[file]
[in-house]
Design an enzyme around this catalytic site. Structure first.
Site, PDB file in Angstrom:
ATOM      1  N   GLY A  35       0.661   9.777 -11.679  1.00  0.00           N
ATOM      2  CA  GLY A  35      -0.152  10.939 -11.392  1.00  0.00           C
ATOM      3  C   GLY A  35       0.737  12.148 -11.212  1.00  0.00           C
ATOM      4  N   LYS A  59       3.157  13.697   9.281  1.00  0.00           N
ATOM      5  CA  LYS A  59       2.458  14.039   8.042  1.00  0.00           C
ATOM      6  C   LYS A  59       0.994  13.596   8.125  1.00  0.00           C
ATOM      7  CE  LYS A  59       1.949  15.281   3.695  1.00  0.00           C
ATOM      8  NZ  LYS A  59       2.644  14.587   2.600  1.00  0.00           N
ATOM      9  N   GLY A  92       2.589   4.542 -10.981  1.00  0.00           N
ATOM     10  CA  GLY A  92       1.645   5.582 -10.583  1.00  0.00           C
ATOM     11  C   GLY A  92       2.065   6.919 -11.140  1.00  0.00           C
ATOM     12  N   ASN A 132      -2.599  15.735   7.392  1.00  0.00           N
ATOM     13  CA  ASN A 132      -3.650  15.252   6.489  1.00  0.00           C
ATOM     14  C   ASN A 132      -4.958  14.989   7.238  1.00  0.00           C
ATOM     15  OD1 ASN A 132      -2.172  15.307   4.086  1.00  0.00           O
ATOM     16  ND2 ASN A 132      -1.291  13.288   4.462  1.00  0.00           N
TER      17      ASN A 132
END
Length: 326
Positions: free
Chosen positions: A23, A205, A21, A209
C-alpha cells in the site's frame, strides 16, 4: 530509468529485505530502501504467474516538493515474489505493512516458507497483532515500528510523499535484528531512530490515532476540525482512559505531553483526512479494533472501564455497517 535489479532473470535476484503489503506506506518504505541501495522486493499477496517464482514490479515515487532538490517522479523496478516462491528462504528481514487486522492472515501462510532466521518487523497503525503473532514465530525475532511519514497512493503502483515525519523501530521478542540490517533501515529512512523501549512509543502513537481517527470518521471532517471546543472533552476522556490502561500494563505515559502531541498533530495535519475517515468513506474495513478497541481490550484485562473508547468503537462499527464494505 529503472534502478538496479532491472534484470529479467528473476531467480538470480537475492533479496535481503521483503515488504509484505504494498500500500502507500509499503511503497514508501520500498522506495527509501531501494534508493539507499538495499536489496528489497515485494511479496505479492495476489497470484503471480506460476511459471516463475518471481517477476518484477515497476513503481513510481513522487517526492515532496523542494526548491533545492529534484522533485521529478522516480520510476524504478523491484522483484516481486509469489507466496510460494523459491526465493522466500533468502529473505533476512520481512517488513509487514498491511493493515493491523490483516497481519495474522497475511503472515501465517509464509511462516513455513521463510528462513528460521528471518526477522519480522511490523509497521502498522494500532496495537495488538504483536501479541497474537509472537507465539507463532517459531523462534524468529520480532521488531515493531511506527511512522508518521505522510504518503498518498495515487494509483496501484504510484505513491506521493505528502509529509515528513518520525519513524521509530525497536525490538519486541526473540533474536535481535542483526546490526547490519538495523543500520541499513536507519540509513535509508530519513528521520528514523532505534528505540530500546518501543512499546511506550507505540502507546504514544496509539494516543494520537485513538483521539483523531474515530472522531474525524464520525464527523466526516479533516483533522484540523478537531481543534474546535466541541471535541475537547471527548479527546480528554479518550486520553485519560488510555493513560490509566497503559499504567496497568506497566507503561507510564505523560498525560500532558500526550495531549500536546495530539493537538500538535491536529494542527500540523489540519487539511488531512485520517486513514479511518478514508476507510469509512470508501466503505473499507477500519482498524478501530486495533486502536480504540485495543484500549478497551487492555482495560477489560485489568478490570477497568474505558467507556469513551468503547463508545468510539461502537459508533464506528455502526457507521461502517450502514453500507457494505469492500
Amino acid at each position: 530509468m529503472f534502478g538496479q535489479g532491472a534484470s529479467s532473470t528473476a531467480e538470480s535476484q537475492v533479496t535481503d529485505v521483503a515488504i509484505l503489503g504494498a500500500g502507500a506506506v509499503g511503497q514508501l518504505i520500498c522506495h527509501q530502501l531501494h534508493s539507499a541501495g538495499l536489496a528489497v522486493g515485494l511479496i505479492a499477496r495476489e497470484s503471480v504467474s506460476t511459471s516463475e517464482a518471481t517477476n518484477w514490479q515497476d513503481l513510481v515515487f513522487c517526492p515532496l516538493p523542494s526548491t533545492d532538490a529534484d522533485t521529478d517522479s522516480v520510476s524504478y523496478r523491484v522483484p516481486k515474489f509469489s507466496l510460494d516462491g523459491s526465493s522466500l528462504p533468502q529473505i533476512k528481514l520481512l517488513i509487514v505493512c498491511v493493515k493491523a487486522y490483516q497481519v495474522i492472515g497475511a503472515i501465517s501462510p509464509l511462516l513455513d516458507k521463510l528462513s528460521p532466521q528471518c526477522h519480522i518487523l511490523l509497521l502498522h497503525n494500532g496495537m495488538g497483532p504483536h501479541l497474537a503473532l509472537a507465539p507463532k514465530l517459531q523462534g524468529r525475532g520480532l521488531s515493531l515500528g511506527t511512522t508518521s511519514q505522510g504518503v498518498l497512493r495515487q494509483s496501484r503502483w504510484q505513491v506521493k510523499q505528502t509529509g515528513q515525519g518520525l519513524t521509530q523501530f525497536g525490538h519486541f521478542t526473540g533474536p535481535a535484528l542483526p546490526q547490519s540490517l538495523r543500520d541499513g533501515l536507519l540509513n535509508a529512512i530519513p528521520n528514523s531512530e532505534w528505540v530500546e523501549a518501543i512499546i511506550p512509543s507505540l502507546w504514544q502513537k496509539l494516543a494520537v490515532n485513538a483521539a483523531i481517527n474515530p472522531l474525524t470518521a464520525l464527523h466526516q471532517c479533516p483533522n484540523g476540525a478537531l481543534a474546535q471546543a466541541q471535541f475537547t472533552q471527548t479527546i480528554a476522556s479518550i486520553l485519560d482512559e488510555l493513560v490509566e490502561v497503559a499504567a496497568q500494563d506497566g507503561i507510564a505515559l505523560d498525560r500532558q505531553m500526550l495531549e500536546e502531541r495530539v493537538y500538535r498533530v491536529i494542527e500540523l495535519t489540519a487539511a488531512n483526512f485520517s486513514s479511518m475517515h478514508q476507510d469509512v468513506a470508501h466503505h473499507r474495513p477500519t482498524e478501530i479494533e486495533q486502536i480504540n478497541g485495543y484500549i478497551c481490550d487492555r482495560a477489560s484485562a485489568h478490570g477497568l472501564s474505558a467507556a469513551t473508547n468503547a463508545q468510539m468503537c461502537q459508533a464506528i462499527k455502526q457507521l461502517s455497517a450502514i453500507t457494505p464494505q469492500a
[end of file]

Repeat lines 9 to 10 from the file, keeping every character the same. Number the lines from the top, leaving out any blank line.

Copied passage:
ATOM      6  C   LYS A  59       0.994  13.596   8.125  1.00  0.00           C
ATOM      7  CE  LYS A  59       1.949  15.281   3.695  1.00  0.00           C